The fact remains that it is, on the face of it, interesting to consider the successful methods adopted in Cuba and to contemplate the possibility of learning from that. This would be possible in a rational and open minded discussion without descending into ideological trench warfare. Besides, you are not on strong grounds for the latter.
  12. Standard member vivify
    rain
    12 Sep '17 02:06
    Originally posted by @finnegan
    A country with 5% of the world's population and 25% of the world's prisoners is not in a strong position to start up this type of abuse. When 97% of convictions take place without a defence and without a fair trial, you are not impressing anyone with this type of blather. The political prisoners in the USA just get framed with criminal charges and your c ...[text shortened]... cending into ideological trench warfare. Besides, you are not on strong grounds for the latter.
    This doesn't follow one bit from anything I've said.

    America's political and legal system being infested with corruption at every level doesn't change the fact that the communist dictatorship of the Cuban government isn't comparable to democratic state government of Florida.

    Until people start paddling 90 miles across the ocean to escape the Floridian government, you might want to save such inane rhetoric.

    Regarding allocating resources, it's much harder to get enough of the required members of a government body to vote one specific way, than it is for a dictatorship to demand something. That's just plain common sense.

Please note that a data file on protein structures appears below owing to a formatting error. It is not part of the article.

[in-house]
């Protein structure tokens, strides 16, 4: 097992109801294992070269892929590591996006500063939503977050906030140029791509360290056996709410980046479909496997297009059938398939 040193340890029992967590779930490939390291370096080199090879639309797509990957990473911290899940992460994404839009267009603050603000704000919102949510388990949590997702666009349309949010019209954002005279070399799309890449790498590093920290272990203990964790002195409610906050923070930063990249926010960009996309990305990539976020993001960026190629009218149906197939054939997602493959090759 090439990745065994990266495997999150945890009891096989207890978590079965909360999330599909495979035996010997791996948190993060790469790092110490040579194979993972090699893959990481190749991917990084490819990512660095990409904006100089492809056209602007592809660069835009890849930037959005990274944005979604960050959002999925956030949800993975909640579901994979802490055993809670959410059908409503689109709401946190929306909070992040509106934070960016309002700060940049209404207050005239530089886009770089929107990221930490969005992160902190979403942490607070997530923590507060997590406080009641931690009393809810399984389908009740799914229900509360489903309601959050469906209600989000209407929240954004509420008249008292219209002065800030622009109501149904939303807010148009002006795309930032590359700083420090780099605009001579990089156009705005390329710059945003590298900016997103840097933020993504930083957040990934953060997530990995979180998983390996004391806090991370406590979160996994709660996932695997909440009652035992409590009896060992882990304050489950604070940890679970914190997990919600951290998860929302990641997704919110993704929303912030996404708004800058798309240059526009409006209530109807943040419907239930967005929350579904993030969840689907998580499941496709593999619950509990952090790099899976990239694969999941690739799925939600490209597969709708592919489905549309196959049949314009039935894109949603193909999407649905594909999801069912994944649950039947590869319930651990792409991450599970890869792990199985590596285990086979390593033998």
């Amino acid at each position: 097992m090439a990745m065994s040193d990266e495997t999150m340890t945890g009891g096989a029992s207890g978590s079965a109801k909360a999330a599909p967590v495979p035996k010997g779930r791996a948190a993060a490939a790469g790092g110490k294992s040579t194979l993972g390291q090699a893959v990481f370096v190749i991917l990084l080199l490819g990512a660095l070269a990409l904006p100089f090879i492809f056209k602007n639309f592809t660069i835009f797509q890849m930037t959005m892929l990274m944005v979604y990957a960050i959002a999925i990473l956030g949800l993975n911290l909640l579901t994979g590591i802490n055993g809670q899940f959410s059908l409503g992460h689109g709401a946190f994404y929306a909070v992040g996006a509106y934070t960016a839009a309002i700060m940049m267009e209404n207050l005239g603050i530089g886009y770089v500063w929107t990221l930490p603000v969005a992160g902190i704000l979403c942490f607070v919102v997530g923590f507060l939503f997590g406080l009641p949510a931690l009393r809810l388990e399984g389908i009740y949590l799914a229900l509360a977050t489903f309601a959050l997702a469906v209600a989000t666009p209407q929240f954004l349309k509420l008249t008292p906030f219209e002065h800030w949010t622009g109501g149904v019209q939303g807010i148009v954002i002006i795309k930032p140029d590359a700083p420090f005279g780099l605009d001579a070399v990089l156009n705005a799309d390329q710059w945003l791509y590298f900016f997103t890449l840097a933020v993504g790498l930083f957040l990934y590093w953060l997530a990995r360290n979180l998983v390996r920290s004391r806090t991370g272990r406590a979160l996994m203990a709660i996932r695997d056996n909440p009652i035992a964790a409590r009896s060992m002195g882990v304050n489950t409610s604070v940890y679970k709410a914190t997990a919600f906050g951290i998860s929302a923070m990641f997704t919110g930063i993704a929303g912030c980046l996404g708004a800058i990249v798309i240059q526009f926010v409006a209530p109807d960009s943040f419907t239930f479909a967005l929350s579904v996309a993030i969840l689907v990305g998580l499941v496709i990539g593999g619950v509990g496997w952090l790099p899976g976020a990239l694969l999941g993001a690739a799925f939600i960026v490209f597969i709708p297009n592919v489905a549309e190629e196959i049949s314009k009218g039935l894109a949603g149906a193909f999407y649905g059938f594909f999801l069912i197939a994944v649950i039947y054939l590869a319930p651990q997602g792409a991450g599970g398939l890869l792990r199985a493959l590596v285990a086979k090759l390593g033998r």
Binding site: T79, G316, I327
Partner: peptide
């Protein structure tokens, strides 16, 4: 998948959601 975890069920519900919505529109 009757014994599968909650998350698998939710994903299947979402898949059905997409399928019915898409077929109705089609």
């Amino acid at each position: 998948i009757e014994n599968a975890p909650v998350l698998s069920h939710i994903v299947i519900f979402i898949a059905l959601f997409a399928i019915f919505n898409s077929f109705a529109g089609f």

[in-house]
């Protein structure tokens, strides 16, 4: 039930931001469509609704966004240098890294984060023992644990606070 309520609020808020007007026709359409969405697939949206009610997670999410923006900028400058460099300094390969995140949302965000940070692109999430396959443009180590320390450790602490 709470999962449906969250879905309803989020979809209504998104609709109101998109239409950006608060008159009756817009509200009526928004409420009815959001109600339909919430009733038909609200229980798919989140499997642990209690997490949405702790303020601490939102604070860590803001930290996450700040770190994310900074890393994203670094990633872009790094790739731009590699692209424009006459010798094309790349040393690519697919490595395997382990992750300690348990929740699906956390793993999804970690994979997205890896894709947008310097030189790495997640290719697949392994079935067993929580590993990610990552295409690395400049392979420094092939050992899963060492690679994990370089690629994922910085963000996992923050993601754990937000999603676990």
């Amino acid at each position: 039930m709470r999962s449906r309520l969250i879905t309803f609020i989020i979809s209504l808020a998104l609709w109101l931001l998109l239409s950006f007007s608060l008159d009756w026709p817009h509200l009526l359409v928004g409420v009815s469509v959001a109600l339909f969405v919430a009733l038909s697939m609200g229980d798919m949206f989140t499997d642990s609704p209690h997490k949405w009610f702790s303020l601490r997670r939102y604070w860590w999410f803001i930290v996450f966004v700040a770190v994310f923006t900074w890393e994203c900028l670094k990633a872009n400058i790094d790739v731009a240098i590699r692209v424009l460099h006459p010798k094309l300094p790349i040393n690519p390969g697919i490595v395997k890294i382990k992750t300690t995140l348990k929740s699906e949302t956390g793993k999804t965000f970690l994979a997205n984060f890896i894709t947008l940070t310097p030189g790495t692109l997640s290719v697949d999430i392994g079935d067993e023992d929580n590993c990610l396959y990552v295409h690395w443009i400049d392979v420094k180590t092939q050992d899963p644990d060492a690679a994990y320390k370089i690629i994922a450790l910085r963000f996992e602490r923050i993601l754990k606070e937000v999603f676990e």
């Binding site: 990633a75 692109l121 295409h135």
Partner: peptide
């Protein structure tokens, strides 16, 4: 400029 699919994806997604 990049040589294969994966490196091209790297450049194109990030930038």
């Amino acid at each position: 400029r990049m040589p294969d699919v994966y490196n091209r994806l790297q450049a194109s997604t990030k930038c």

Could America learn something from Cuba about handling hurricanes? Absolutely. But criticizing the U.S. for not being as good as Cuba in one area that also happens to be a more urgent matter for them compared to the U.S., (especially given how much easier it is for a dictator to accomplish this) as I said, isn't entirely fair.
  13. 12 Sep '17 03:10
    Originally posted by @vivify
    So you're comparing the federal government of Cuba to a state government? How is that not a limp argument?

    No one is saying that hurricane preparedness in the U.S. doesn't need to be greatly improved; that was quite obvious after Katrina. But it doesn't seem to make sense to compare the Cuban government's actions to that of a U.S. state---especially one ...[text shortened]... filled with different types of members who must decide democratically how to allocate resources.
    But I thought diversity was our strength?
  14. Subscriber Wajoma
    Die Cheeseburger
    12 Sep '17 04:00
    Originally posted by @whodey
    But I thought diversity was our strength?
    All those people who have risked everything including their lives trying to get to the U.S. just didn't watch enough Micheal Moore.
  15. Standard member shavixmir
    Guppy poo
    12 Sep '17 04:05
    Originally posted by @vivify
    That's not entirely fair. Cuba's an island, i.e., entirely surrounded by water. As such, it's much more of a necessity for Cuba's government to have a plan of action for hurricanes. Yes, the U.S. has more land area near the ocean than Cuba (especially with Florida and Hawaii), but overall, Cuba's geography makes a plan of action for hurricanes much more u ...[text shortened]... or Cubans, especially since Cubans don't have anywhere near as much money as Americans to do so.
    So, you're saying island lives matter more than mainland lives?
    I'm pretty sure there's a large group of people in Britain who'd disagree with that.